CMS-Flow:Equilibrium Bed load plus AD Suspended load
Equilibrium Bed load plus Advection-Diffusion Suspened load Transport model
The transport equation for the suspended load is given by
Bed Change Equation
If the advection-diffusion (A-D) equation is selected to simulate the sediment transport and mixing, the change in the water depth is calculated by the sediment continuity equation
where is the sediment porosity, and is a bedslope coefficient.
Pick-up and Deposition Rate
The AD model calculates the bed level change due to suspended load from the difference between pick-up rate and deposition rate in
where qbx = bed load transport rate parallel to the x-axis, qby = bed load transport rate parallel to the y-axis, and p = porosity of sediment.
The pick-up rate and the deposition rate are also applied as the bottom boundary condition in
- C = depth-averaged sediment concentration
- d = total depth (= h+η)
- h = still-water depth
- η = deviation of the water-surface elevation from the still-water level
- t = time
- qx = flow per unit width parallel to the x-axis (= ud)
- qy = flow per unit width parallel to the y-axis (= vd)
- u = depth-averaged current velocity parallel to the x-axis
- v = depth-averaged current velocity parallel to the y-axis
- Kx = sediment diffusion coefficient for the x direction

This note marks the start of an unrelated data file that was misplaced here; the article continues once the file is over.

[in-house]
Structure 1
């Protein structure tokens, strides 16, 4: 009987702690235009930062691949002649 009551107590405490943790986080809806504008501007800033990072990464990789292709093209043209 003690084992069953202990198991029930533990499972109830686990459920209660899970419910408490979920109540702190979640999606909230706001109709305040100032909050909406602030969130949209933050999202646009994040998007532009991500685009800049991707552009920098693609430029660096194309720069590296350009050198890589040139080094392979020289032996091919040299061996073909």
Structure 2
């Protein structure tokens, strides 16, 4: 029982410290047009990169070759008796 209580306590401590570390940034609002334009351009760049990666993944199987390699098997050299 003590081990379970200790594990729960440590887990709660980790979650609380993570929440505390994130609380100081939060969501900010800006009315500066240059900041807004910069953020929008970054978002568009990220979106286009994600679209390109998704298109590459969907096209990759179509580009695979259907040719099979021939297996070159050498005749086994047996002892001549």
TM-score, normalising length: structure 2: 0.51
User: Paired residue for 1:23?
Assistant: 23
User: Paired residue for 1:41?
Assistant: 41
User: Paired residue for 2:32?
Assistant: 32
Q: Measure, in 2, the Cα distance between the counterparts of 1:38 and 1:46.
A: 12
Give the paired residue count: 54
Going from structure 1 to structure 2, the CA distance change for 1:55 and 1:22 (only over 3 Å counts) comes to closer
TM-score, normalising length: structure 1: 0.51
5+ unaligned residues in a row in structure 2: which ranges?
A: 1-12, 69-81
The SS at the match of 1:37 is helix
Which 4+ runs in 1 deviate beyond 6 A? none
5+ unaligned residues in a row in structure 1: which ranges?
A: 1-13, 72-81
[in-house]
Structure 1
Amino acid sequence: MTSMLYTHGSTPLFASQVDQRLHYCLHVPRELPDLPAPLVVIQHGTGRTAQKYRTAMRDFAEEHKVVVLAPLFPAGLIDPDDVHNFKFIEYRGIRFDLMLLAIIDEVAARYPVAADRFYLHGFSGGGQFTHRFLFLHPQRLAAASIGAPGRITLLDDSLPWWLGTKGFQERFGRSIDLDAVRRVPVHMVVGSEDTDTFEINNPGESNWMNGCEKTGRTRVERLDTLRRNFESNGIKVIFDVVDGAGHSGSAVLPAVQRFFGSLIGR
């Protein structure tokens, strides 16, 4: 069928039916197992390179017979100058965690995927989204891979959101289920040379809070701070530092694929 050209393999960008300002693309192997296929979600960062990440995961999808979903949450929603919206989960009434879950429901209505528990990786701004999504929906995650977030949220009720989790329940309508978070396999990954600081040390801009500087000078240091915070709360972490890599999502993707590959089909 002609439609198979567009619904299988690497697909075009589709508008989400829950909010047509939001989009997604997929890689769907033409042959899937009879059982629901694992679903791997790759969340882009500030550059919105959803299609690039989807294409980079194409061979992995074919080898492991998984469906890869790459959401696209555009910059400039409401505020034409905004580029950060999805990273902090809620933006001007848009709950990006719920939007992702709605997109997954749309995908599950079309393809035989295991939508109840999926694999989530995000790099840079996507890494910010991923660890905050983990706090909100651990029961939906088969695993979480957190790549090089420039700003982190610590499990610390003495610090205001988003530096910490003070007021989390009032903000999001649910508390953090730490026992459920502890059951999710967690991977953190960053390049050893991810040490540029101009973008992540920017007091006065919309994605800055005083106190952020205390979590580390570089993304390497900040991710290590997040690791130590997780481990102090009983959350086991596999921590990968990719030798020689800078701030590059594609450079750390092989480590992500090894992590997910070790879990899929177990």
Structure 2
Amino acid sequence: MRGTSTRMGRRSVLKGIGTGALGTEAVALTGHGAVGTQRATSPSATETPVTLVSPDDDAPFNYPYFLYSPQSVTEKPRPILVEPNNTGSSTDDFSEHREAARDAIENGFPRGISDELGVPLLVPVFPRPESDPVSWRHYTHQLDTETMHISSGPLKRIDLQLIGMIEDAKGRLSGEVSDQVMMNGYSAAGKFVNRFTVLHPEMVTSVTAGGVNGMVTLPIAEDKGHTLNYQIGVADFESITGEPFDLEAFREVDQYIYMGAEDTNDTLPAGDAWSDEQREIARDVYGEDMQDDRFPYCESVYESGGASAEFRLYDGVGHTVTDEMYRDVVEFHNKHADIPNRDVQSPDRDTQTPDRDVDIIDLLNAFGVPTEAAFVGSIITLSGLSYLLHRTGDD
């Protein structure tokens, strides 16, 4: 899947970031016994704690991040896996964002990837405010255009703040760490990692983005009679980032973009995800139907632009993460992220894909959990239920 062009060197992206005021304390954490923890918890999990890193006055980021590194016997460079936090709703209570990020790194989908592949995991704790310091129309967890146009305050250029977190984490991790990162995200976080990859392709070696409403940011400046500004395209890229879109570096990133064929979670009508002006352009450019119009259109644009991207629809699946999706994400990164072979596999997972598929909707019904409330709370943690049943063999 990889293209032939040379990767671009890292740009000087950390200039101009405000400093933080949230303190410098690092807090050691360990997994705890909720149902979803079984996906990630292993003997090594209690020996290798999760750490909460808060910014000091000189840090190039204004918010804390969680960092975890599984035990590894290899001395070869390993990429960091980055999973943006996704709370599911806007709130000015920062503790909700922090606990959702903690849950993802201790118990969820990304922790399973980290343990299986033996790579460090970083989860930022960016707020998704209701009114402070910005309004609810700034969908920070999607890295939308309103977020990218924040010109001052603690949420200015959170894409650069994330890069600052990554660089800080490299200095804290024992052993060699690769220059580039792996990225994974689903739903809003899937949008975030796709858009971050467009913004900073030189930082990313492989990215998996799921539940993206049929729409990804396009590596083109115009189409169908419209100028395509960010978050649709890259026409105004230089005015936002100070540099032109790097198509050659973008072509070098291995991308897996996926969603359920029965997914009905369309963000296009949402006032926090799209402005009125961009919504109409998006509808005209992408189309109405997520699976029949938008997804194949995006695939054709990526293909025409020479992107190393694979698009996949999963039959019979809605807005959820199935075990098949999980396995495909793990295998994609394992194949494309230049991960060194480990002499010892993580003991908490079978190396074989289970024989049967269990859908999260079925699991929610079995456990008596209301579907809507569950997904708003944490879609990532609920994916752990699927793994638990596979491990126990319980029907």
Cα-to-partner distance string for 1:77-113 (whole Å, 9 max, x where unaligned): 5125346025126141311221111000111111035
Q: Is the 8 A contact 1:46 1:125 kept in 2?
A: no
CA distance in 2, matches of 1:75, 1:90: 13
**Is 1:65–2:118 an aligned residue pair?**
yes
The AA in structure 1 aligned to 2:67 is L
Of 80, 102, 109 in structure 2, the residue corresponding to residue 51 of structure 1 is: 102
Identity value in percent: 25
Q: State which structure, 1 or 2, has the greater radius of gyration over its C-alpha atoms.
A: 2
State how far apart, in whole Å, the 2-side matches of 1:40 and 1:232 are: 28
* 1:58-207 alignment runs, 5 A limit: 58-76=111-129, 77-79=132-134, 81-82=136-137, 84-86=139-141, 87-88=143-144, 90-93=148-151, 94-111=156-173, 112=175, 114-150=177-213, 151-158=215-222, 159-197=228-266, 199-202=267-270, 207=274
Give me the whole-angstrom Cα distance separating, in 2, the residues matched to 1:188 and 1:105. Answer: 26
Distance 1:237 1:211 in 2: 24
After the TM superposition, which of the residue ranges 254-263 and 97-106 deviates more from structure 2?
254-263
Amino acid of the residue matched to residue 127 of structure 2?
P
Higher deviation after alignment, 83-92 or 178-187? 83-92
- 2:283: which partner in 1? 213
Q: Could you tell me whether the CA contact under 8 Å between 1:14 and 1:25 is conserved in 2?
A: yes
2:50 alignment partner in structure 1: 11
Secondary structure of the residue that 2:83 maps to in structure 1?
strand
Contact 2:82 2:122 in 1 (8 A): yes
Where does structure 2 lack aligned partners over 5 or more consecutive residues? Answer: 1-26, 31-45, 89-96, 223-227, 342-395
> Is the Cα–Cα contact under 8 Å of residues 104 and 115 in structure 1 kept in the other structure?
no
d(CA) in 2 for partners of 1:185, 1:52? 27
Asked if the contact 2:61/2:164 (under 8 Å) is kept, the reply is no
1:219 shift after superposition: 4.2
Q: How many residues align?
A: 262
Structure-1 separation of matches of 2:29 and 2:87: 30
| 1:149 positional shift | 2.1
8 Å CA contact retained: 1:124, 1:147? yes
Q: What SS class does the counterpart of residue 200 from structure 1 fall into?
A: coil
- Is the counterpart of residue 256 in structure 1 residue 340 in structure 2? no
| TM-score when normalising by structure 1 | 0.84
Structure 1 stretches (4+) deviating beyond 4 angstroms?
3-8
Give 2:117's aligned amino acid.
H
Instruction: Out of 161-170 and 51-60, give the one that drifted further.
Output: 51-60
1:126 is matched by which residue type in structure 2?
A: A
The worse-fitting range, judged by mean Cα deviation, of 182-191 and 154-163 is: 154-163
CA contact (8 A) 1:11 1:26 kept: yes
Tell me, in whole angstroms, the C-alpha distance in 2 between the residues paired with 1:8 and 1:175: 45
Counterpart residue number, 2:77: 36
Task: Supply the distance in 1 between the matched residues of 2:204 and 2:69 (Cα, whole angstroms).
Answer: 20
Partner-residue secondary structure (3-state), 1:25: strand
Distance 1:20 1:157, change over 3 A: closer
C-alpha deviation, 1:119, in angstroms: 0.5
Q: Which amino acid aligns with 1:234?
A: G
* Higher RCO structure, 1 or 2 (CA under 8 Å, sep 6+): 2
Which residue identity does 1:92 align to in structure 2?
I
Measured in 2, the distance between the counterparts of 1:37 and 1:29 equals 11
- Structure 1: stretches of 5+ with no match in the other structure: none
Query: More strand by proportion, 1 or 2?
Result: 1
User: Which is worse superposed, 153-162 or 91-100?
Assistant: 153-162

- Ky = sediment diffusion coefficient for the y direction
- P = sediment pick-up rate (upward sediment flux)
- D = sediment deposition rate (downward sediment flux)
The boundary conditions are specified at an arbitrary level above the mean bed level:
where c = equilibrium concentration of suspended sediment at a given elevation, and z = vertical coordinate. Both ca and c0 are reference concentrations defined at z = a. Because the upward flux of sediment depends on the bed shear stress, ca is determined from the bed shear stress calculated from the local hydrodynamic conditions. Representation of ca within CMS-M2D is dependent on selection of either the van Rijn or Lund-CIRP models. The downward sediment flux depends on the concentration in the upper water column; therefore, c0 is specified from solution of Equation 4.
Assuming that the suspended concentration is in equilibrium , then the basic equation for suspended sediment concentration can be written:
This equation can be solved analytically by applying an appropriate mixing coefficient , and the vertical profile of suspended concentration is obtained in the following form: